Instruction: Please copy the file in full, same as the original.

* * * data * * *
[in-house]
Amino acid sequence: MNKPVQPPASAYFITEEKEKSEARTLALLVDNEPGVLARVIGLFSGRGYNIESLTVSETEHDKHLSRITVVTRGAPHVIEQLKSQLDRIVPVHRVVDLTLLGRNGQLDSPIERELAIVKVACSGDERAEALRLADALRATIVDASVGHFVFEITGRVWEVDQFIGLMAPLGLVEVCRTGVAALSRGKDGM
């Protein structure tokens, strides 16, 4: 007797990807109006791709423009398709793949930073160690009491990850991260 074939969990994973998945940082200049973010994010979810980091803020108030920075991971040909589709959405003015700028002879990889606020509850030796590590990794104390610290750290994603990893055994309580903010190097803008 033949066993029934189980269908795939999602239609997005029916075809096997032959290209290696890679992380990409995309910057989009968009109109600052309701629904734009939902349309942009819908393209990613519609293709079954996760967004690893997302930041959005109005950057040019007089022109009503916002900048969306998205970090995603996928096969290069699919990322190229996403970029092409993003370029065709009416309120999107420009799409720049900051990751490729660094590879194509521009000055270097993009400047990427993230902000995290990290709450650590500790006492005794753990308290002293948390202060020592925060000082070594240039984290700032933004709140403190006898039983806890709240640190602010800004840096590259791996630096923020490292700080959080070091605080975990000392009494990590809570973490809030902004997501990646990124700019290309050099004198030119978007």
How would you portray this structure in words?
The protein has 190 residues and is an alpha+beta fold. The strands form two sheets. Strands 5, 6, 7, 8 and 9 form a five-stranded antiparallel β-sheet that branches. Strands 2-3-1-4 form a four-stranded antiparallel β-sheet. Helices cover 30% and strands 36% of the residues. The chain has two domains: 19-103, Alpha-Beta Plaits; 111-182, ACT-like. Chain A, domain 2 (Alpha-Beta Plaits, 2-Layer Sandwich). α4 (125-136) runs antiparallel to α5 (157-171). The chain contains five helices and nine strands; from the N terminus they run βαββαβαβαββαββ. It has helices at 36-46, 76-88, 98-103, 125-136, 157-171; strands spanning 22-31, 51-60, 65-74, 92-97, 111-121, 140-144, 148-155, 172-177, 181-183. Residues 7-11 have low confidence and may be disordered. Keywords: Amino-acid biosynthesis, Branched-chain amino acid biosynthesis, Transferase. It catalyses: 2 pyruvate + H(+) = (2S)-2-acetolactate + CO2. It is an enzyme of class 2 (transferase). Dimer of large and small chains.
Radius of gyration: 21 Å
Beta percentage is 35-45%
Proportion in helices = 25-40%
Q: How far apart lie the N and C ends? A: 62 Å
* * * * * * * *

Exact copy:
[in-house]
Amino acid sequence: MNKPVQPPASAYFITEEKEKSEARTLALLVDNEPGVLARVIGLFSGRGYNIESLTVSETEHDKHLSRITVVTRGAPHVIEQLKSQLDRIVPVHRVVDLTLLGRNGQLDSPIERELAIVKVACSGDERAEALRLADALRATIVDASVGHFVFEITGRVWEVDQFIGLMAPLGLVEVCRTGVAALSRGKDGM
């Protein structure tokens, strides 16, 4: 007797990807109006791709423009398709793949930073160690009491990850991260 074939969990994973998945940082200049973010994010979810980091803020108030920075991971040909589709959405003015700028002879990889606020509850030796590590990794104390610290750290994603990893055994309580903010190097803008 033949066993029934189980269908795939999602239609997005029916075809096997032959290209290696890679992380990409995309910057989009968009109109600052309701629904734009939902349309942009819908393209990613519609293709079954996760967004690893997302930041959005109005950057040019007089022109009503916002900048969306998205970090995603996928096969290069699919990322190229996403970029092409993003370029065709009416309120999107420009799409720049900051990751490729660094590879194509521009000055270097993009400047990427993230902000995290990290709450650590500790006492005794753990308290002293948390202060020592925060000082070594240039984290700032933004709140403190006898039983806890709240640190602010800004840096590259791996630096923020490292700080959080070091605080975990000392009494990590809570973490809030902004997501990646990124700019290309050099004198030119978007």
How would you portray this structure in words?
The protein has 190 residues and is an alpha+beta fold. The strands form two sheets. Strands 5, 6, 7, 8 and 9 form a five-stranded antiparallel β-sheet that branches. Strands 2-3-1-4 form a four-stranded antiparallel β-sheet. Helices cover 30% and strands 36% of the residues. The chain has two domains: 19-103, Alpha-Beta Plaits; 111-182, ACT-like. Chain A, domain 2 (Alpha-Beta Plaits, 2-Layer Sandwich). α4 (125-136) runs antiparallel to α5 (157-171). The chain contains five helices and nine strands; from the N terminus they run βαββαβαβαββαββ. It has helices at 36-46, 76-88, 98-103, 125-136, 157-171; strands spanning 22-31, 51-60, 65-74, 92-97, 111-121, 140-144, 148-155, 172-177, 181-183. Residues 7-11 have low confidence and may be disordered. Keywords: Amino-acid biosynthesis, Branched-chain amino acid biosynthesis, Transferase. It catalyses: 2 pyruvate + H(+) = (2S)-2-acetolactate + CO2. It is an enzyme of class 2 (transferase). Dimer of large and small chains.
Radius of gyration: 21 Å
Beta percentage is 35-45%
Proportion in helices = 25-40%
Q: How far apart lie the N and C ends? A: 62 Å